BGH, Decision of April 13, 2011 – VIII ZR 223/10

The German Federal Court of Justice (BGH) decided in 2005 that the gross rent, i.e. the rent and prepayments or lump-sum amount for operating costs, is to be used as the assessment basis for a rent reduction. Since then, it was unclear, how the rent reduction is to be calculated in detail. The BGH has now addressed this question and provided valuable advice for dealing with rent reductions in practice.


On taking a rent reduction into account in the annual operating costs settlement


The defendant was tenant of an apartment for which she owed a monthly rent of EUR 304. Of this amount, EUR 250.53 was attributable to the net cold rent and EUR 53.47 to the operating costs prepayment. Due to defects of the apartment, the defendant reduced the rent during the months from August 2005 to February 2006 by EUR 64 per month and from March to June 2006 by EUR 104 per month. The plaintiff and landlord credited the reduction amount on a pro-rata basis to the net rent and the operating costs prepayment. In the operating costs settlements of account, the plaintiff took only the prepayment amounts that were reduced corresponding to the rent reduction into account and credited these towards the annual amount of the operating costs allocable to the defendant when calculating the balance.


It has been decided since 2005 that the gross rent is to be used as the basis of assessment for a rent reduction (cf. BGH decision of 20 July 2005, VIII ZR 374/04). It was unclear since then, how the rent reduction is to be calculated in detail and particularly whether and how the reduction amount has to be credited towards a prepayment and how the balance is to be determined in a settlement of account of the operating costs. In its decision of 13 April 2011 (case no.: VIII ZR 223/10), the BGH now makes it clear that it could not be derived from the above decision from 2005 that – as many believe – a rent reduction amount was to be credited on a pro-rata basis both to the net rent and to the operating costs prepayment. Accordingly, it is up to the landlord (subject to an explicit repayment determination by the tenant), whether he books a reduction amount exclusively against the net rent or whether he also credits it against the operating costs. Before this background, the BGH declared the aforementioned calculation method to be incorrect. Because in the case of a pro-rata credit of the rent reduction against the operating costs prepayments, the annual amount of the operating costs owed also had to be reduced correspondingly. In the underlying case, however, the landlord credited the proportionately reduced prepayment amounts against the unreduced operating costs settlement of account. To be correct, the landlord would also have had to reduce the annual amount of the operating costs owed accordingly.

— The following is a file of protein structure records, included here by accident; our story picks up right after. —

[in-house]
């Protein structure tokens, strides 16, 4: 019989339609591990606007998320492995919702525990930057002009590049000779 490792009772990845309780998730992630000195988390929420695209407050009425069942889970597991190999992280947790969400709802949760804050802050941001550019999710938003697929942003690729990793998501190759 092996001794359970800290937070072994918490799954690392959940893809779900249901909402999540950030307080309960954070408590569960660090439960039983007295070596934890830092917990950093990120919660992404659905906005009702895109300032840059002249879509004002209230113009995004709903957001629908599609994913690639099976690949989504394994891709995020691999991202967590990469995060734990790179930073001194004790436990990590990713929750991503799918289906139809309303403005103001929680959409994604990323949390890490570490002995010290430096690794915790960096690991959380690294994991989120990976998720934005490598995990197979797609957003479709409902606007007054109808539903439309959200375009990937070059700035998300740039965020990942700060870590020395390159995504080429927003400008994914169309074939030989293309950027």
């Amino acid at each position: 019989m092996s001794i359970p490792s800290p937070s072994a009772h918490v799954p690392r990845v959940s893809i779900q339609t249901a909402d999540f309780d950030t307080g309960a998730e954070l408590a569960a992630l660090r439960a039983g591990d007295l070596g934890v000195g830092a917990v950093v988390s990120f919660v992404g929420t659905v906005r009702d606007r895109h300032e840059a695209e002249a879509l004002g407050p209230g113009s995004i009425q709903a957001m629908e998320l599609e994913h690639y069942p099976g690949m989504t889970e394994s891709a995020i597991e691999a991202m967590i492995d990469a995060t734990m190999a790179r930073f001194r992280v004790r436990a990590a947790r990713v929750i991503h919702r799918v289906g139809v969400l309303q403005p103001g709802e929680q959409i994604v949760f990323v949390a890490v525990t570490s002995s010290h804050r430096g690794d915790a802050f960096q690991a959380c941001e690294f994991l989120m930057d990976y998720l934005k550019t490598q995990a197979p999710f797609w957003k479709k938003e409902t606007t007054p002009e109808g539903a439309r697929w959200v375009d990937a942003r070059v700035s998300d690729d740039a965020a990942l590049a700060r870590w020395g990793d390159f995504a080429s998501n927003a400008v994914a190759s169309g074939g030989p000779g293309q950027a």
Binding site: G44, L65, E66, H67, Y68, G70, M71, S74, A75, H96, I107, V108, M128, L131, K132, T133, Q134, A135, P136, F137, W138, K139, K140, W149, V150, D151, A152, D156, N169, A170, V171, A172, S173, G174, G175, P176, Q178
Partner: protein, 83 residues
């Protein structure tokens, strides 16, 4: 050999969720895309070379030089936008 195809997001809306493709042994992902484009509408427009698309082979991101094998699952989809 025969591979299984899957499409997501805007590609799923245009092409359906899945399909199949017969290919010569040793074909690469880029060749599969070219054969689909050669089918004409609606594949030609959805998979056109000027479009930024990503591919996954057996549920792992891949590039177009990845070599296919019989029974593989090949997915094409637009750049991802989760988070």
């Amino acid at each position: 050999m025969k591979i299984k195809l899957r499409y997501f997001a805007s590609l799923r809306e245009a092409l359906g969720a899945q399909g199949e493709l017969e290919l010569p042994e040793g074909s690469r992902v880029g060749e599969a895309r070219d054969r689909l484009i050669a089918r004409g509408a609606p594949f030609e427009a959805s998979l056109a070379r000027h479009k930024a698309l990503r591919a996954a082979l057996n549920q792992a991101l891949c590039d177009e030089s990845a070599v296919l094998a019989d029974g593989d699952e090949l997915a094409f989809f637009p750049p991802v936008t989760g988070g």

The BGH furthermore makes it clear that this method was not necessary in the first place. Because any claim for subsequent payment could be calculated most easily, if the total payments made by the tenant in a settlement year were credited against the total annual rent owed by him. The latter amount resulted from the annual amount of the net rent plus the settled operating costs minus the justified reduction amount.


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According to the BGH’s opinion, this calculation method leads to the correct result in any case. This is sometimes countered with the argument that it was unclear how to proceed, if a reduction quota is asserted in the form of a percentage. Some believe that if it was taken into account for purposes of the operating costs on a pro-rata basis, the problem would regularly arise that the final reduction amount could be determined only after the settlement of account of the operating costs had been prepared. The BGH did not comment in this regard, since this question did not have to be answered. However, there are good arguments supporting the opinion that the calculation of the reduction amount occurs only based on the part of the gross rent, which has to be paid in the form of net rent and the prepayments or lump sum for incidental costs for the period in question.


Even though the decision was made in the area of residential leasing law, a lot suggests that it can also be applied to commercial leasing law. The BGH does not see any compelling reasons to credit the reduction amount proportionately to the net rent and the operating costs prepayments. If this method is used, the reduced operating costs prepayment must be credited against the reduced settlement amount.

Eventually, the tenant is placed in a position on a calculatory basis as if he had paid the full amount of the agreed prepayments. For reasons of practicability, however, it is advisable to book the reduction amount only under the net rent. The operating costs can then be settled without taking the reduction into account. This applies only, however, if the tenant did not stipulate an explicit repayment determination and if the reduction amount does not exceed the net rent. In this case the reduction necessarily also includes payments for incidental costs.